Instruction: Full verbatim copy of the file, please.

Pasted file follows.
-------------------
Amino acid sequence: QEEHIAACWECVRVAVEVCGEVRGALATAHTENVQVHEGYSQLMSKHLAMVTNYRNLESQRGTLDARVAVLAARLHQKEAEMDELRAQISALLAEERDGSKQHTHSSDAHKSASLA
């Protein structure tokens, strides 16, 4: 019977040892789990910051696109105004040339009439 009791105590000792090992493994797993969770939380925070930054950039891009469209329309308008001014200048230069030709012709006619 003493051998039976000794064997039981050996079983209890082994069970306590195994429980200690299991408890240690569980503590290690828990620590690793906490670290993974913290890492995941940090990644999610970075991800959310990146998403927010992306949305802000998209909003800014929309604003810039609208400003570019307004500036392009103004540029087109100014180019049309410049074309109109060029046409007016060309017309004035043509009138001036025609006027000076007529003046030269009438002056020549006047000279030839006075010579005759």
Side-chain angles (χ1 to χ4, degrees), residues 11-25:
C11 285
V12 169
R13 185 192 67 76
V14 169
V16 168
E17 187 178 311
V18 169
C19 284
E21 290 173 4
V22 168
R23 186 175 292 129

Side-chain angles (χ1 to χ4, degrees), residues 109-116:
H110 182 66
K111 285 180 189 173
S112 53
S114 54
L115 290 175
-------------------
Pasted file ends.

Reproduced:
Amino acid sequence: QEEHIAACWECVRVAVEVCGEVRGALATAHTENVQVHEGYSQLMSKHLAMVTNYRNLESQRGTLDARVAVLAARLHQKEAEMDELRAQISALLAEERDGSKQHTHSSDAHKSASLA
């Protein structure tokens, strides 16, 4: 019977040892789990910051696109105004040339009439 009791105590000792090992493994797993969770939380925070930054950039891009469209329309308008001014200048230069030709012709006619 003493051998039976000794064997039981050996079983209890082994069970306590195994429980200690299991408890240690569980503590290690828990620590690793906490670290993974913290890492995941940090990644999610970075991800959310990146998403927010992306949305802000998209909003800014929309604003810039609208400003570019307004500036392009103004540029087109100014180019049309410049074309109109060029046409007016060309017309004035043509009138001036025609006027000076007529003046030269009438002056020549006047000279030839006075010579005759």
Side-chain angles (χ1 to χ4, degrees), residues 11-25:
C11 285
V12 169
R13 185 192 67 76
V14 169
V16 168
E17 187 178 311
V18 169
C19 284
E21 290 173 4
V22 168
R23 186 175 292 129

Side-chain angles (χ1 to χ4, degrees), residues 109-116:
H110 182 66
K111 285 180 189 173
S112 53
S114 54
L115 290 175